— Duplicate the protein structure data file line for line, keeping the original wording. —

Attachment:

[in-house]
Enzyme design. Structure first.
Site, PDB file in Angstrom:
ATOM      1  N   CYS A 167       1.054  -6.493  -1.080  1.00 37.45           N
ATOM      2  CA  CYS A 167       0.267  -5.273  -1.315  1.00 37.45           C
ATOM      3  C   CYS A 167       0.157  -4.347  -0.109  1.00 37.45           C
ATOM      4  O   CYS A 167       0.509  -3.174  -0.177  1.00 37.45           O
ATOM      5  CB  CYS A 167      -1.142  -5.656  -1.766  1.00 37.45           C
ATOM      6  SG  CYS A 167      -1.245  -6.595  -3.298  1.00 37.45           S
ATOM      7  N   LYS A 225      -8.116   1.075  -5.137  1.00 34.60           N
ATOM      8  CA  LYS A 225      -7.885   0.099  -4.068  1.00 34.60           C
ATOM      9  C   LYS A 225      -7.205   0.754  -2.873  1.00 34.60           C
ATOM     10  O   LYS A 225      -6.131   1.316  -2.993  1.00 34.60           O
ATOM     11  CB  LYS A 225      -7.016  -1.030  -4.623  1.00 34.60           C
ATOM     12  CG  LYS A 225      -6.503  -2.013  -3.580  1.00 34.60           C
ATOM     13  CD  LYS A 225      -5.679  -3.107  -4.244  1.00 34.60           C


[in-house]
Enzyme design. Structure first.
Site, PDB file in Angstrom:
ATOM      1  N   CYS A 167       1.054  -6.493  -1.080  1.00 37.45           N
ATOM      2  CA  CYS A 167       0.267  -5.273  -1.315  1.00 37.45           C
ATOM      3  C   CYS A 167       0.157  -4.347  -0.109  1.00 37.45           C
ATOM      4  O   CYS A 167       0.509  -3.174  -0.177  1.00 37.45           O
ATOM      5  CB  CYS A 167      -1.142  -5.656  -1.766  1.00 37.45           C
ATOM      6  SG  CYS A 167      -1.245  -6.595  -3.298  1.00 37.45           S
ATOM      7  N   LYS A 225      -8.116   1.075  -5.137  1.00 34.60           N
ATOM      8  CA  LYS A 225      -7.885   0.099  -4.068  1.00 34.60           C
ATOM      9  C   LYS A 225      -7.205   0.754  -2.873  1.00 34.60           C
ATOM     10  O   LYS A 225      -6.131   1.316  -2.993  1.00 34.60           O
ATOM     11  CB  LYS A 225      -7.016  -1.030  -4.623  1.00 34.60           C
ATOM     12  CG  LYS A 225      -6.503  -2.013  -3.580  1.00 34.60           C
ATOM     13  CD  LYS A 225      -5.679  -3.107  -4.244  1.00 34.60           C